Posted August 14, 2023 | Written by Stephanie Underwood, RSW
Hyperactivating strategies are behaviours used by individuals with an Anxious-Ambivalent Attachment style (also refered to as the Anxious Attachment) to seek connection and assurance from their partners.
Not everyone who exhibits the Anxious-Ambivalent attachment will employ the same Hyperactivating strategies, nor will these strategies manifest with the same intensity.
In the intricate world of attachment theory, understanding the nuances of different attachment styles can be both enlightening and empowering.
The Anxious-Ambivalent Attachment style, in particular, holds a fascinating blend of emotions and behaviours that often manifest through what are known as Hyperactivating Strategies. These strategies are characterized by intense efforts to seek connection and assurance, but they can sometimes create challenges in relationships.
Whether you identify with this attachment style or want to understand a loved one better, this post will provide valuable insights and clarity.
It's important to recognize that attachment exists on a spectrum, and individual experiences and behaviors can vary widely. Not everyone who exhibits an Anxious-Ambivalent attachment will employ the same hyperactivating strategies, nor will these strategies manifest with the same intensity. People are unique, and their attachment styles can be influenced by a myriad of factors. Therefore, the information presented here may not apply universally and should be considered as a general guideline rather than a strict rule for every individual.
What is a Hyperactivating Strategy?
Hyperactivating strategies are typically associated with the anxious attachment style. These strategies revolve around heightening one’s attachment needs, seeking closeness, and emphasizing dependence in an effort to gain reassurance, attention, or connection.
Like the deactivating strategies, these hyperactivating strategies can be understood as coping mechanisms that individuals with anxious attachment tendencies employ to manage their intense fears and desires related to intimacy and relationships.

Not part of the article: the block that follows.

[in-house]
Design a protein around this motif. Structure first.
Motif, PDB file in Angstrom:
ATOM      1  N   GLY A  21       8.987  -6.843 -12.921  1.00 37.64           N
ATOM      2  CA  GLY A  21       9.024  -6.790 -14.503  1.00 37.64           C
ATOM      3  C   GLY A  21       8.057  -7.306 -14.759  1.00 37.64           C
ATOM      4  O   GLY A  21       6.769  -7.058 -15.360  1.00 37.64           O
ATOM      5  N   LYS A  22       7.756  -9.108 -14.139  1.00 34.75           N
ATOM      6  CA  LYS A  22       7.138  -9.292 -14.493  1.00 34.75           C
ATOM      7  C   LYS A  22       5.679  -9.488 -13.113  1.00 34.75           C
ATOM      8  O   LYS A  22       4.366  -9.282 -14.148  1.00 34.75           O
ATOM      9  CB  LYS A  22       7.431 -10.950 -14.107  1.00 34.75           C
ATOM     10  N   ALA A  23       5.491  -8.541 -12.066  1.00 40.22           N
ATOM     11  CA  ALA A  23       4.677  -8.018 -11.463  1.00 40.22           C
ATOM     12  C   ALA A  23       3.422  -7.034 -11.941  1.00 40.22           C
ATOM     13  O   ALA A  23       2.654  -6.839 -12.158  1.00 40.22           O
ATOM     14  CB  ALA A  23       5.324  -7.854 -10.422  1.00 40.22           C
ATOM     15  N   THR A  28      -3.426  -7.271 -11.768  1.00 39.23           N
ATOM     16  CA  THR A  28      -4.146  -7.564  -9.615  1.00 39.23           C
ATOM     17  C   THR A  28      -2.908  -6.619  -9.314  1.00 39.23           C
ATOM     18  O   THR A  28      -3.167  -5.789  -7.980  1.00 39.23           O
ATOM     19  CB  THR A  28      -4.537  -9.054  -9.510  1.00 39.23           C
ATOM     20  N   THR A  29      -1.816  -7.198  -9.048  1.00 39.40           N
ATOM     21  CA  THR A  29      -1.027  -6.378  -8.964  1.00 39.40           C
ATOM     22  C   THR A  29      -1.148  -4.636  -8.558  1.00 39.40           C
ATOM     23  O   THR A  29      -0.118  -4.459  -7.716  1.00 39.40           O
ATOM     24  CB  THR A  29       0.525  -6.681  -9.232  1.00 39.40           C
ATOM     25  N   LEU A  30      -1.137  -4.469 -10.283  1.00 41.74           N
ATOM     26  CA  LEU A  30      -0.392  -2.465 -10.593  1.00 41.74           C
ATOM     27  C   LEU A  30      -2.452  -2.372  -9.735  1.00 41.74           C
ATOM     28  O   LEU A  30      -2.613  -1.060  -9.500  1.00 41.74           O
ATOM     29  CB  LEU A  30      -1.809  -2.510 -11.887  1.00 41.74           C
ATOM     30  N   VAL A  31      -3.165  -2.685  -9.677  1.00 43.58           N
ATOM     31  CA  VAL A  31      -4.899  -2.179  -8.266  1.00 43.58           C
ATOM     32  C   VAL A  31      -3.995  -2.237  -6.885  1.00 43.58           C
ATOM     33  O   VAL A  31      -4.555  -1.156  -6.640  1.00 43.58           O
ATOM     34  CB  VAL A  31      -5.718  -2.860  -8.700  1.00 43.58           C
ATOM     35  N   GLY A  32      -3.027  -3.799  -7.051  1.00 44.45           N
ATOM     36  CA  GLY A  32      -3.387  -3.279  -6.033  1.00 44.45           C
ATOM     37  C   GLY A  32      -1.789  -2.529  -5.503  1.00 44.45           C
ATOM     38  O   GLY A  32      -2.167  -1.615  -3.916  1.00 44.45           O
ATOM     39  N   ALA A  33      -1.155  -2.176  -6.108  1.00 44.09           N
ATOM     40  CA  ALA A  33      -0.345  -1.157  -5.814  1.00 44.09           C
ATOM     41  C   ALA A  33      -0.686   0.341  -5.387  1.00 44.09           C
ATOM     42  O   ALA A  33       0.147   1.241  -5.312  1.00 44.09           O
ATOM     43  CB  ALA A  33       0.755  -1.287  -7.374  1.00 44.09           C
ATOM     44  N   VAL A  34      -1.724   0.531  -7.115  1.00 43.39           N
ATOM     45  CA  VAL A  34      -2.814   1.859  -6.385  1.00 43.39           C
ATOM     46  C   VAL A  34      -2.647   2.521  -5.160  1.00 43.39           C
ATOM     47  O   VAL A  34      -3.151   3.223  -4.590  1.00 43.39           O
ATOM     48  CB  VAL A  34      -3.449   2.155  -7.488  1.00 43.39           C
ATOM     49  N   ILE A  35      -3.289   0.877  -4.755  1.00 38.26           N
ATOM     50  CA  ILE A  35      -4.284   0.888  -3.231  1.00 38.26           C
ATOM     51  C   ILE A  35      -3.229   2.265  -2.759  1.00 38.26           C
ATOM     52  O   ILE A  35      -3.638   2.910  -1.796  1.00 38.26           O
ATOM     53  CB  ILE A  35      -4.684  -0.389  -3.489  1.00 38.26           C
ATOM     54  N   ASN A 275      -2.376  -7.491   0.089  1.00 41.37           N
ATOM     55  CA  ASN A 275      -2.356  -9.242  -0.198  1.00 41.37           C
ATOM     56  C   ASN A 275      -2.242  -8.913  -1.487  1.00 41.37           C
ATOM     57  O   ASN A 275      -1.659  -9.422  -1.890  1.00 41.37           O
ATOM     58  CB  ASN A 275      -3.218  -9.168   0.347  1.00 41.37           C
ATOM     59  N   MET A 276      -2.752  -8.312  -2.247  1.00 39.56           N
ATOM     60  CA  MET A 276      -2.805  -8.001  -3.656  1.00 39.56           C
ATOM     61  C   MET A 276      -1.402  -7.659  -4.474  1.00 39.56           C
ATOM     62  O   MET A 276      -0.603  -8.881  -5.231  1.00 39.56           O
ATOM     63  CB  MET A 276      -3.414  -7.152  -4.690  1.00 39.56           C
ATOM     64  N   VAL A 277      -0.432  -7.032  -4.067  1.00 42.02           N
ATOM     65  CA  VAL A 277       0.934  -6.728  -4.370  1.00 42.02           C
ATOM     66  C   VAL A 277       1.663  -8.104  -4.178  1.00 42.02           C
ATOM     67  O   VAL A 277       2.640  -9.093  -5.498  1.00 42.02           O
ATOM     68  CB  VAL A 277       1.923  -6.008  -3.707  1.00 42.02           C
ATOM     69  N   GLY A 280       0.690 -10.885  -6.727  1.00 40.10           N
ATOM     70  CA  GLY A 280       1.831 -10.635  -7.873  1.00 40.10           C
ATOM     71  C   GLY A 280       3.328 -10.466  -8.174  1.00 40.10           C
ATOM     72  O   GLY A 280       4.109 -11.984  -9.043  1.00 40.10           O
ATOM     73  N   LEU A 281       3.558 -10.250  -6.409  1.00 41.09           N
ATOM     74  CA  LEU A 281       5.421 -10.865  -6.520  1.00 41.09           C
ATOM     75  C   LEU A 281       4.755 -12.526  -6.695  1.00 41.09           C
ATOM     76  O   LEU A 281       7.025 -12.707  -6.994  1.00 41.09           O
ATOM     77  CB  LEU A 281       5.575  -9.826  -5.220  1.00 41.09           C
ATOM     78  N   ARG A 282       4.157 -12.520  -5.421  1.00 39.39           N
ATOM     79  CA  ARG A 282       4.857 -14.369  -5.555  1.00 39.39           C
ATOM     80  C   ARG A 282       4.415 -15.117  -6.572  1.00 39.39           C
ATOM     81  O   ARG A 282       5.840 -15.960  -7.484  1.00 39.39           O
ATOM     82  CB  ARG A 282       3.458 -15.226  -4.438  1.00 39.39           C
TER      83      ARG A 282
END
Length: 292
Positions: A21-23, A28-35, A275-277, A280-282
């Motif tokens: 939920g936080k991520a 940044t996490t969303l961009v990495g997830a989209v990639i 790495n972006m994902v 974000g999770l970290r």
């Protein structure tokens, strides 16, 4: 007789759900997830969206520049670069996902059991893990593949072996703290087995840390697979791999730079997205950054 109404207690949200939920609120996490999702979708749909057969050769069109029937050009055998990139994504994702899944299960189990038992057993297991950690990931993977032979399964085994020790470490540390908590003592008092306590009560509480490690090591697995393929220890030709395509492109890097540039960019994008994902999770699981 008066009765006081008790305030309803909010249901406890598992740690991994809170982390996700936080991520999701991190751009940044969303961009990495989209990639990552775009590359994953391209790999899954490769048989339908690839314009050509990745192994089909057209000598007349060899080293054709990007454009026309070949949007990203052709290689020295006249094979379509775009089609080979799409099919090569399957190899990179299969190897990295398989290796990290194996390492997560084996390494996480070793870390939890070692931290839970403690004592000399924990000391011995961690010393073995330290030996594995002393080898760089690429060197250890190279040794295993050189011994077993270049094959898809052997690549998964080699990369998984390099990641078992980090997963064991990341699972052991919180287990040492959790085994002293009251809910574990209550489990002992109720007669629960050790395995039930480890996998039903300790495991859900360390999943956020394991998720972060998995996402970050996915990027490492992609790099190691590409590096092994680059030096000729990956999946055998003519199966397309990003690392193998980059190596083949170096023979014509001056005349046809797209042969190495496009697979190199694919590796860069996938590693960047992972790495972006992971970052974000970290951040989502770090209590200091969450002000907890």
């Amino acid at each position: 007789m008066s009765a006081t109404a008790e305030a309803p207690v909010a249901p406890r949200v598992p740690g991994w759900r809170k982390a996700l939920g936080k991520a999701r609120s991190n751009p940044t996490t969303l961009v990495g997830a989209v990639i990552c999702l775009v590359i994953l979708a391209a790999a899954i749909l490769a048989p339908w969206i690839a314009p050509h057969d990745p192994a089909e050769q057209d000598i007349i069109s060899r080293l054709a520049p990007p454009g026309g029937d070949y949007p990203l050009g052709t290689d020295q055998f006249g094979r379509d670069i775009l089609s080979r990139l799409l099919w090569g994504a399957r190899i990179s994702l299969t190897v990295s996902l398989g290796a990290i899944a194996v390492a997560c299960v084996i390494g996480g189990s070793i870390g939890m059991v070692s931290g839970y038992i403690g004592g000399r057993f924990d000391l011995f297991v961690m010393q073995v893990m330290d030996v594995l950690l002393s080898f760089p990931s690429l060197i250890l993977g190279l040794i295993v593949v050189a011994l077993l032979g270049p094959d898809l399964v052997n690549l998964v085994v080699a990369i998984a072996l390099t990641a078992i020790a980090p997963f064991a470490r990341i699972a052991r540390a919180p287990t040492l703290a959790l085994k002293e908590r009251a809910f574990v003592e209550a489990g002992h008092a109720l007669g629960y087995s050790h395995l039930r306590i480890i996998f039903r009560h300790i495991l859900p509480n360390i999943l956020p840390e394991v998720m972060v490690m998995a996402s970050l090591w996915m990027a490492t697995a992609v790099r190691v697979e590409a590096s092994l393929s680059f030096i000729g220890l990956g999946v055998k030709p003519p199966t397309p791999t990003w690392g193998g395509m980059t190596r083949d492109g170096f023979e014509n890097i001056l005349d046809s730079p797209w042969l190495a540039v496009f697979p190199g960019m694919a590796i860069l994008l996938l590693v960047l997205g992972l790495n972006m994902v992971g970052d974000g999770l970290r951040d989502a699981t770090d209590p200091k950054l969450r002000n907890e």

A fear of abandonment might lead to excessively seeking closeness or assurance.
Seeking Constant Reassurance
Repeatedly asking for validation due to fears of not being loved or wanted.
Mourning Past Hurts
Holding onto past disappointments or betrayals and bringing them up frequently to gain comfort or attention.
Over-emphasizing Emotional Pain
May focus on and amplify emotional distress to gain care and comfort.
Blame and Accusation
Confronting the partner frequently with perceived slights or neglect.
Demanding Immediate Resolution
An insistence on resolving issues immediately, sometimes at the expense of the partner’s needs or boundaries.
Frequently checking on the partner’s whereabouts, activities, or feelings.
Reading too deeply into the partner’s actions or words, often with a negative spin.
Seeking Validation for Self-Worth
Looking to the partner to constantly validate self-worth due to deep-seated feelings of inadequacy.
Repeatedly apologizing for perceived faults or shortcomings, seeking reassurance.
Elevating Relationship Status
Seeking public affirmations, displays of affection, or declarations about the relationship’s importance.
Creating ‘Tests’ for the Partner
Setting up situations to see if the partner “passes” as a way to validate the depth of their commitment or love.